How To Clean The Wii’s Laser Without Opening It Up

First I should say this. If you do this method and it ends up ruining your Wii, I have no responsibility whatsoever so proceed with caution at your own risk.

That said, here is the super easy, mind blowing method I used. I unplugged my Wii, held the CD port up to my mouth like a harmonica, and I blew hard and fast. Try not to get any spit in there when you do it. When I plugged it back in it worked great ... for now.

This isn't a fix-it-for-good method. It's more of a get-it-working-now method. Plus it reminds me of the good old days of pulling out the NES cartridges and blowing them out. Good luck and let me know if it works for you!

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Posted in Nintendo Wii

Google Drive Loves Open Source

I just got the new Google Drive up and running on my computer(s) and when I was checking out all the different features I found the below image on the About link. Gotta love Google for giving credit where credit is due. Google loves open source and they have been a major contributor and supporter of it since the start. It goes to show that you don't have to lock down your stuff to be very successful.

Google Drive

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Posted in Google

Perl in_array

PHP has a great function called in_array that allows you to test a value against an array to see if the value is in the array, returning TRUE or FALSE depending. I've now had to come up with this same thing in Perl a couple of times so I figured I would share. I can't remember where I found help or I'd reference them. But here you go. I've included both a syntax highlighted screenshot and the plain text to copy and paste.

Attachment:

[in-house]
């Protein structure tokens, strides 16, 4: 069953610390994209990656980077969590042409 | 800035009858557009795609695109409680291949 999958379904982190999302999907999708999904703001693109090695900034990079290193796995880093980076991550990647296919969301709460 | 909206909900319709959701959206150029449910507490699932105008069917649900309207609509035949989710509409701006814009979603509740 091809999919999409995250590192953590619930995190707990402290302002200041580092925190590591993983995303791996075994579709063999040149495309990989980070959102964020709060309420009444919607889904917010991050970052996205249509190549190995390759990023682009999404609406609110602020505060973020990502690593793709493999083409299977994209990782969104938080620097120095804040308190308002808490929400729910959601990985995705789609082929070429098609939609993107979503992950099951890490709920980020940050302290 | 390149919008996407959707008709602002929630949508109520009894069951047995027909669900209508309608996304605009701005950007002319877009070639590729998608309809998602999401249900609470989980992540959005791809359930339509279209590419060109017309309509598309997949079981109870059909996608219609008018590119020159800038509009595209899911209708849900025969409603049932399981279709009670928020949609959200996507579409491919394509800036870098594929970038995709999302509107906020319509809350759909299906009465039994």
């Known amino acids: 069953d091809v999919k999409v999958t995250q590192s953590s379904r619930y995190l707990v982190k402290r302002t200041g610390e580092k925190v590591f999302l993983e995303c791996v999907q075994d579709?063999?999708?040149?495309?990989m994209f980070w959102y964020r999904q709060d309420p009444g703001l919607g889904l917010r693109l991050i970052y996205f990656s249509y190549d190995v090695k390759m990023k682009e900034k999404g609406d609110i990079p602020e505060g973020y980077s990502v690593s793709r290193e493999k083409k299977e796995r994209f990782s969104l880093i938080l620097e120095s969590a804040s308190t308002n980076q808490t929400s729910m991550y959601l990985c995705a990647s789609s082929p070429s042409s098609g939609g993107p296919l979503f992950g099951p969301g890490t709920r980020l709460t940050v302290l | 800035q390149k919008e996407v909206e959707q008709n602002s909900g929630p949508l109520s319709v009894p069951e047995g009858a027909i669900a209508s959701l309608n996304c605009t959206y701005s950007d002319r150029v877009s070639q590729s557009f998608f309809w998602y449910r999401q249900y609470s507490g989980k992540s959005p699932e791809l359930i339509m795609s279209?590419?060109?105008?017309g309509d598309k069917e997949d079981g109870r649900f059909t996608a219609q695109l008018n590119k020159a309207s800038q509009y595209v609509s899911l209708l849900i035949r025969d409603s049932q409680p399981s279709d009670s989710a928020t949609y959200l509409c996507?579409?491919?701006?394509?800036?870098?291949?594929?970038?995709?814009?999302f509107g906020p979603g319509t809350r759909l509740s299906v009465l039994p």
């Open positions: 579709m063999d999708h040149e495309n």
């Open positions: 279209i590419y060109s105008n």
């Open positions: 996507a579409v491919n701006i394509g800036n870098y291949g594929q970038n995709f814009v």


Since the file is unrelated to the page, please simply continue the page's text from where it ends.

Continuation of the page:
my @states = ('California', 'Nevada', 'Texas', 'Utah');
my $findme = 'Utah';

if (in_array($findme, \@states)) {
  print "Found it!";
} else {
  print "Not found.";

sub in_array {
  my ($item, $array) = @_;
  my %hash = map { $_ => 1 } @$array;
  if ($hash{$item}) { return 1; } else { return 0; }

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Posted in Perl Programming

FIND and CHMOD Together

Getting directory and file permissions just right on Linux can be tricky because directories compared to files have different settings. This makes it so that a general, recursive chmod command will not work. This is where the power of using both 'find' and 'chmod' together comes in handy.

find . -type f -exec chmod 644 {} \;
find . -type d -exec chmod 755 {} \;

The above two commands do the following:

1. Search in the current directory represented by the dot.
find .

2. Look for the files or directories, respectively.
-type f
-type d

3. They execute the chmod command when they find it.
-exec chmod 644 {} \;
-exec chmod 755 {} \;

That's a really simplified example, but hopefully it helps out.

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Posted in Linux Command Line